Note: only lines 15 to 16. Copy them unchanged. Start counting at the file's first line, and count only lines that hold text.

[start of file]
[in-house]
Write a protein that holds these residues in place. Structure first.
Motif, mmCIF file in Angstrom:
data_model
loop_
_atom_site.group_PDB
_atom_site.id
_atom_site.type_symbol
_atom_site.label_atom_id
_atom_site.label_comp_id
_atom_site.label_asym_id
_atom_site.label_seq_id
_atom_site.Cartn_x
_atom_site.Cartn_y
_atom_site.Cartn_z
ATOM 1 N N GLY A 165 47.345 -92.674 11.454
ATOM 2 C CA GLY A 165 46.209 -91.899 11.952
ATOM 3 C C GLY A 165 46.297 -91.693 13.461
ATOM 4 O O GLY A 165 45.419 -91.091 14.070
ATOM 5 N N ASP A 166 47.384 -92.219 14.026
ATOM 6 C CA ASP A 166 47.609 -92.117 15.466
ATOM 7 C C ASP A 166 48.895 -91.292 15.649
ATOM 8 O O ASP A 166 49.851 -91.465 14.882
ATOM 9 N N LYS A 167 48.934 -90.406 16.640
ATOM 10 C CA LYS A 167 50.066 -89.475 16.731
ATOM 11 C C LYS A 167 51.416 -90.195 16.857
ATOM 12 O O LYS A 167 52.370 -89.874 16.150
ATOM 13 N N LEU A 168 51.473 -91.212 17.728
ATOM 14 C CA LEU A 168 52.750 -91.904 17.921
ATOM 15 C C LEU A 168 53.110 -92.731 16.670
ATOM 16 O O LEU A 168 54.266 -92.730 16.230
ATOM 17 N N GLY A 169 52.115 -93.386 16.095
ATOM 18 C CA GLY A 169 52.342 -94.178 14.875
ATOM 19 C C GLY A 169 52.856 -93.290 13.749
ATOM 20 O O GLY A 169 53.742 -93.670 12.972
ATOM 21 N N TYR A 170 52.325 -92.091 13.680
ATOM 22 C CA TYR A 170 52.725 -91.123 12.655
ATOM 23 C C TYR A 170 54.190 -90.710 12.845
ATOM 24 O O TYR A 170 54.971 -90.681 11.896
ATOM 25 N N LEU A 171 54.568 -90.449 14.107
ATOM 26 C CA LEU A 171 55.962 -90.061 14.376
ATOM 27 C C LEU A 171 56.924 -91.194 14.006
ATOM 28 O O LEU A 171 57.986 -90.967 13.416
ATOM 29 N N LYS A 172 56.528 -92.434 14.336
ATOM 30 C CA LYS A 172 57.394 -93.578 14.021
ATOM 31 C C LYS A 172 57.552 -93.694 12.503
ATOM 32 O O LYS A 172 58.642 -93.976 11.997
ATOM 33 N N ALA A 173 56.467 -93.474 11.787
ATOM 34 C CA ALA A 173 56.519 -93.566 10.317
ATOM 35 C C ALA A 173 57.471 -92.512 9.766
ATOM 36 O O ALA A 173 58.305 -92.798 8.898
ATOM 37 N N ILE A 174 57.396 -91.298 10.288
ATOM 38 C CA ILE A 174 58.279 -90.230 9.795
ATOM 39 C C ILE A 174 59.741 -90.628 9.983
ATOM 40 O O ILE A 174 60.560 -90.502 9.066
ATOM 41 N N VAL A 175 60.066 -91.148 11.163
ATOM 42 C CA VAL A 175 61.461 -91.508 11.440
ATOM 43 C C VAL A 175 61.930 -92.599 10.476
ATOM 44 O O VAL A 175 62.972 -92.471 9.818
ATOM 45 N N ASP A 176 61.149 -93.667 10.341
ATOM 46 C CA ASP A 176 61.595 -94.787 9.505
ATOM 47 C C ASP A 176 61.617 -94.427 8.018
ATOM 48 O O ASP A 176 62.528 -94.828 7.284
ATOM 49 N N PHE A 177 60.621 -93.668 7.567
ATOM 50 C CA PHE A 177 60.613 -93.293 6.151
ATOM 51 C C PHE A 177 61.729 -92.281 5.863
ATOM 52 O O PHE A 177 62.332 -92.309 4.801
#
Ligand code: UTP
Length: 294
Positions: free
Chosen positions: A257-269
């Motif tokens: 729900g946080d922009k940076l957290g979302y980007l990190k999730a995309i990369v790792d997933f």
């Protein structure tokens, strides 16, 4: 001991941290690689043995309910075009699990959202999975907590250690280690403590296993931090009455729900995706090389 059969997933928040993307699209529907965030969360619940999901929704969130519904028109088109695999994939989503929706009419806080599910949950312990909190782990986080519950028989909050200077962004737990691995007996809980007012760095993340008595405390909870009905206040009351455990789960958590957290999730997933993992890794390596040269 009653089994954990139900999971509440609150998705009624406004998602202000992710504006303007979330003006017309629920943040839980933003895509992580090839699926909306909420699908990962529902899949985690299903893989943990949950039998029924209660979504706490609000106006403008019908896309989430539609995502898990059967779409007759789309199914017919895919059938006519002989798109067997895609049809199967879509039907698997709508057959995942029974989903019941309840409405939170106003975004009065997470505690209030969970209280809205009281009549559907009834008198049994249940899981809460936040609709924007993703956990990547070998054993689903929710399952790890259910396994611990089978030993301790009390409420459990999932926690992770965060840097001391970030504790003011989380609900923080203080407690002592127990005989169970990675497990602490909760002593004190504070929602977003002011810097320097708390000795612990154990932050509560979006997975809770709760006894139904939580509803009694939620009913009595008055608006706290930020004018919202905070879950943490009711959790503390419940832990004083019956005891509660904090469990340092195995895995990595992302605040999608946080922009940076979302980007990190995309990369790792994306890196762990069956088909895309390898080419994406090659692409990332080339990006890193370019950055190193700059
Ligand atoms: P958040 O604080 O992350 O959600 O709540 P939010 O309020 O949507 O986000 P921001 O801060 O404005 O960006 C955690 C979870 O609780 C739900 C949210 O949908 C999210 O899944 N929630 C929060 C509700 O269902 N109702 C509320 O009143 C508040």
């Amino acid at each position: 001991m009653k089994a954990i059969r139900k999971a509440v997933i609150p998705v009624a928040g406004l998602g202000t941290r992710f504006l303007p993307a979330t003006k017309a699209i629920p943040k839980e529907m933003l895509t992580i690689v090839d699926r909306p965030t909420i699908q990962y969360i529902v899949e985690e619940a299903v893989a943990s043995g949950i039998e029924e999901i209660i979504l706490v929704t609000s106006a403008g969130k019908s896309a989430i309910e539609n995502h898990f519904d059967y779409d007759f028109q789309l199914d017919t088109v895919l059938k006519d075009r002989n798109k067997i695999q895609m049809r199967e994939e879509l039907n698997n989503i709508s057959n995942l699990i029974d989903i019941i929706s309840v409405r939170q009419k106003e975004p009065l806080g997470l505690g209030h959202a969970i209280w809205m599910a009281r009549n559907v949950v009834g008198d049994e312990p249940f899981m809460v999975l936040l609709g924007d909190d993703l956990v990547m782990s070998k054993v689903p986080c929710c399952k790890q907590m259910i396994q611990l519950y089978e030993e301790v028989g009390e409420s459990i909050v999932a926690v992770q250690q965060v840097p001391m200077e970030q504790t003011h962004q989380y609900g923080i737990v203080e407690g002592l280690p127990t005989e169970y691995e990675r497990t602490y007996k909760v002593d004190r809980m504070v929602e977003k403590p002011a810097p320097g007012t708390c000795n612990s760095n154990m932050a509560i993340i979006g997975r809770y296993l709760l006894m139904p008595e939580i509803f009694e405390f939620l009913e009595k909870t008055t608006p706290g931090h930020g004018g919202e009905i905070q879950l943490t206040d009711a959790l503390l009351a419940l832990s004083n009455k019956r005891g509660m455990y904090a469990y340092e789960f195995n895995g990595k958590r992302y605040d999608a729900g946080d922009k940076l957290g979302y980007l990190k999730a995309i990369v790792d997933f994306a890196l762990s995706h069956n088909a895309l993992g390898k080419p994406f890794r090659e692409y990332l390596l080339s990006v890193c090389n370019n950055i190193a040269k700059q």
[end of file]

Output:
_atom_site.Cartn_z
ATOM 1 N N GLY A 165 47.345 -92.674 11.454